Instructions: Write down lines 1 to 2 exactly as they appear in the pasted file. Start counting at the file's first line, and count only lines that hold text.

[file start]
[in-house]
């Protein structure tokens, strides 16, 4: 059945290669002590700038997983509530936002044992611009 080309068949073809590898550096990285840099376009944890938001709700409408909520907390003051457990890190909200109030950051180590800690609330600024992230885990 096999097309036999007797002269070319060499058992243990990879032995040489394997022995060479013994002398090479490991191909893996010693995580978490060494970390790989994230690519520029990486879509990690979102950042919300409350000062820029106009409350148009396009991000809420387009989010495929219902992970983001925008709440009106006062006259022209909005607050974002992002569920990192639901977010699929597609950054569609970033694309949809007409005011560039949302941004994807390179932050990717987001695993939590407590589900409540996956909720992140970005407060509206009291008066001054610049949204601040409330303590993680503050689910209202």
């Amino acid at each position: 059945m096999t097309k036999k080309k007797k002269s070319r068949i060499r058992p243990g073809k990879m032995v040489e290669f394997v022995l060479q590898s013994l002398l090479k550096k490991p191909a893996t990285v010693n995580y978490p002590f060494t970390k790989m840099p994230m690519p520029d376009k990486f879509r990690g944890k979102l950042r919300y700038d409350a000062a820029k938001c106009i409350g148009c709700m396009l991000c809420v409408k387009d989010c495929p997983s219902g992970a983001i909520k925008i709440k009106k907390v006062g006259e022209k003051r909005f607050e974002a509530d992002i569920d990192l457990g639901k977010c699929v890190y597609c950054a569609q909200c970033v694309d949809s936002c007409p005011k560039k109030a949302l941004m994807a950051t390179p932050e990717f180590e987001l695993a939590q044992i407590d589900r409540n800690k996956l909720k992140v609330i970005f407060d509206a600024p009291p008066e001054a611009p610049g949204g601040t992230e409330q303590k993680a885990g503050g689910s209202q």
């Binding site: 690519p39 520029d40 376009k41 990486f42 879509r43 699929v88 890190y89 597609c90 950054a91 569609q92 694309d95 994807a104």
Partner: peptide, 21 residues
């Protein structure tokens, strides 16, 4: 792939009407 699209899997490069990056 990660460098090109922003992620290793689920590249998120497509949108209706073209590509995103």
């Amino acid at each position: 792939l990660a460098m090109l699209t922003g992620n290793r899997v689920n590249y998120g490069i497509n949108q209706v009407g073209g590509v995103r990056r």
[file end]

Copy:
[in-house]
């Protein structure tokens, strides 16, 4: 059945290669002590700038997983509530936002044992611009 080309068949073809590898550096990285840099376009944890938001709700409408909520907390003051457990890190909200109030950051180590800690609330600024992230885990 096999097309036999007797002269070319060499058992243990990879032995040489394997022995060479013994002398090479490991191909893996010693995580978490060494970390790989994230690519520029990486879509990690979102950042919300409350000062820029106009409350148009396009991000809420387009989010495929219902992970983001925008709440009106006062006259022209909005607050974002992002569920990192639901977010699929597609950054569609970033694309949809007409005011560039949302941004994807390179932050990717987001695993939590407590589900409540996956909720992140970005407060509206009291008066001054610049949204601040409330303590993680503050689910209202």